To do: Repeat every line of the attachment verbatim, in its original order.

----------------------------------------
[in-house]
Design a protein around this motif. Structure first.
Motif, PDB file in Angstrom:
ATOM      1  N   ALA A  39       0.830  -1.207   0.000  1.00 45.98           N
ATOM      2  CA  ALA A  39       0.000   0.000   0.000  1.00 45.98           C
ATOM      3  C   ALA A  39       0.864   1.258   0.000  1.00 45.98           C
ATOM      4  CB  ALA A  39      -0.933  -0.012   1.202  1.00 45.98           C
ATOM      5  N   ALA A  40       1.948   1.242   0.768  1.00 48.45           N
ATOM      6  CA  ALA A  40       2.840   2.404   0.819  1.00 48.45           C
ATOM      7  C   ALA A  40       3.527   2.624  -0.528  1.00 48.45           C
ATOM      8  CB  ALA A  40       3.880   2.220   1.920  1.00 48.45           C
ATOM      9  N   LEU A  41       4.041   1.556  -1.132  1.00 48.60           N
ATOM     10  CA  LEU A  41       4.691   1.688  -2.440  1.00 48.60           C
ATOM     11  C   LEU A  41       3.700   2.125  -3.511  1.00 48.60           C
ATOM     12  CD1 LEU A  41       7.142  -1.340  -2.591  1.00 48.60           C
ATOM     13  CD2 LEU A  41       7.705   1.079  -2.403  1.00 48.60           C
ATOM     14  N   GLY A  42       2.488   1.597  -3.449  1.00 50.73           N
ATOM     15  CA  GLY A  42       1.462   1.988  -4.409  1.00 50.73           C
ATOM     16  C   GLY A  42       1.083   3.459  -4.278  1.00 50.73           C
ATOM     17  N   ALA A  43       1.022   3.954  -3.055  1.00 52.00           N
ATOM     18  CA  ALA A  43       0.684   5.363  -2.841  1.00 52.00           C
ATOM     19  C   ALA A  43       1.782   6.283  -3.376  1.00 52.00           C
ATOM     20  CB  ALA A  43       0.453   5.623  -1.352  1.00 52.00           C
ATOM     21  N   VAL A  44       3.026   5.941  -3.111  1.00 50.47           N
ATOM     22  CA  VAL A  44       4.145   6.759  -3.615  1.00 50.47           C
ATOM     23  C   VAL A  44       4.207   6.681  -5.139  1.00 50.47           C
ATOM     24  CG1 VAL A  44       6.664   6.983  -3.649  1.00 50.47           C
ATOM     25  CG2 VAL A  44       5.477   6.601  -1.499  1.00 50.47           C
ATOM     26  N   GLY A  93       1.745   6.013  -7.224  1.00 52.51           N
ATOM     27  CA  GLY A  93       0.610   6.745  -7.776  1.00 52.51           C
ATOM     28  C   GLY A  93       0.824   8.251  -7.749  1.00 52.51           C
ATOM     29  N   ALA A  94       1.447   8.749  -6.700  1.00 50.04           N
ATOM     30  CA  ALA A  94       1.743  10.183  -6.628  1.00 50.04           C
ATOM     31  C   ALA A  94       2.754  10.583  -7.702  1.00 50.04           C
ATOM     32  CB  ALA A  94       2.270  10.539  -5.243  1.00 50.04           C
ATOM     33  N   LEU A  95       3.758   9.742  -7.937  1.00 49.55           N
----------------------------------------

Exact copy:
[in-house]
Design a protein around this motif. Structure first.
Motif, PDB file in Angstrom:
ATOM      1  N   ALA A  39       0.830  -1.207   0.000  1.00 45.98           N
ATOM      2  CA  ALA A  39       0.000   0.000   0.000  1.00 45.98           C
ATOM      3  C   ALA A  39       0.864   1.258   0.000  1.00 45.98           C
ATOM      4  CB  ALA A  39      -0.933  -0.012   1.202  1.00 45.98           C
ATOM      5  N   ALA A  40       1.948   1.242   0.768  1.00 48.45           N
ATOM      6  CA  ALA A  40       2.840   2.404   0.819  1.00 48.45           C
ATOM      7  C   ALA A  40       3.527   2.624  -0.528  1.00 48.45           C
ATOM      8  CB  ALA A  40       3.880   2.220   1.920  1.00 48.45           C
ATOM      9  N   LEU A  41       4.041   1.556  -1.132  1.00 48.60           N
ATOM     10  CA  LEU A  41       4.691   1.688  -2.440  1.00 48.60           C
ATOM     11  C   LEU A  41       3.700   2.125  -3.511  1.00 48.60           C
ATOM     12  CD1 LEU A  41       7.142  -1.340  -2.591  1.00 48.60           C
ATOM     13  CD2 LEU A  41       7.705   1.079  -2.403  1.00 48.60           C
ATOM     14  N   GLY A  42       2.488   1.597  -3.449  1.00 50.73           N
ATOM     15  CA  GLY A  42       1.462   1.988  -4.409  1.00 50.73           C
ATOM     16  C   GLY A  42       1.083   3.459  -4.278  1.00 50.73           C
ATOM     17  N   ALA A  43       1.022   3.954  -3.055  1.00 52.00           N
ATOM     18  CA  ALA A  43       0.684   5.363  -2.841  1.00 52.00           C
ATOM     19  C   ALA A  43       1.782   6.283  -3.376  1.00 52.00           C
ATOM     20  CB  ALA A  43       0.453   5.623  -1.352  1.00 52.00           C
ATOM     21  N   VAL A  44       3.026   5.941  -3.111  1.00 50.47           N
ATOM     22  CA  VAL A  44       4.145   6.759  -3.615  1.00 50.47           C
ATOM     23  C   VAL A  44       4.207   6.681  -5.139  1.00 50.47           C
ATOM     24  CG1 VAL A  44       6.664   6.983  -3.649  1.00 50.47           C
ATOM     25  CG2 VAL A  44       5.477   6.601  -1.499  1.00 50.47           C
ATOM     26  N   GLY A  93       1.745   6.013  -7.224  1.00 52.51           N
ATOM     27  CA  GLY A  93       0.610   6.745  -7.776  1.00 52.51           C
ATOM     28  C   GLY A  93       0.824   8.251  -7.749  1.00 52.51           C
ATOM     29  N   ALA A  94       1.447   8.749  -6.700  1.00 50.04           N
ATOM     30  CA  ALA A  94       1.743  10.183  -6.628  1.00 50.04           C
ATOM     31  C   ALA A  94       2.754  10.583  -7.702  1.00 50.04           C
ATOM     32  CB  ALA A  94       2.270  10.539  -5.243  1.00 50.04           C
ATOM     33  N   LEU A  95       3.758   9.742  -7.937  1.00 49.55           N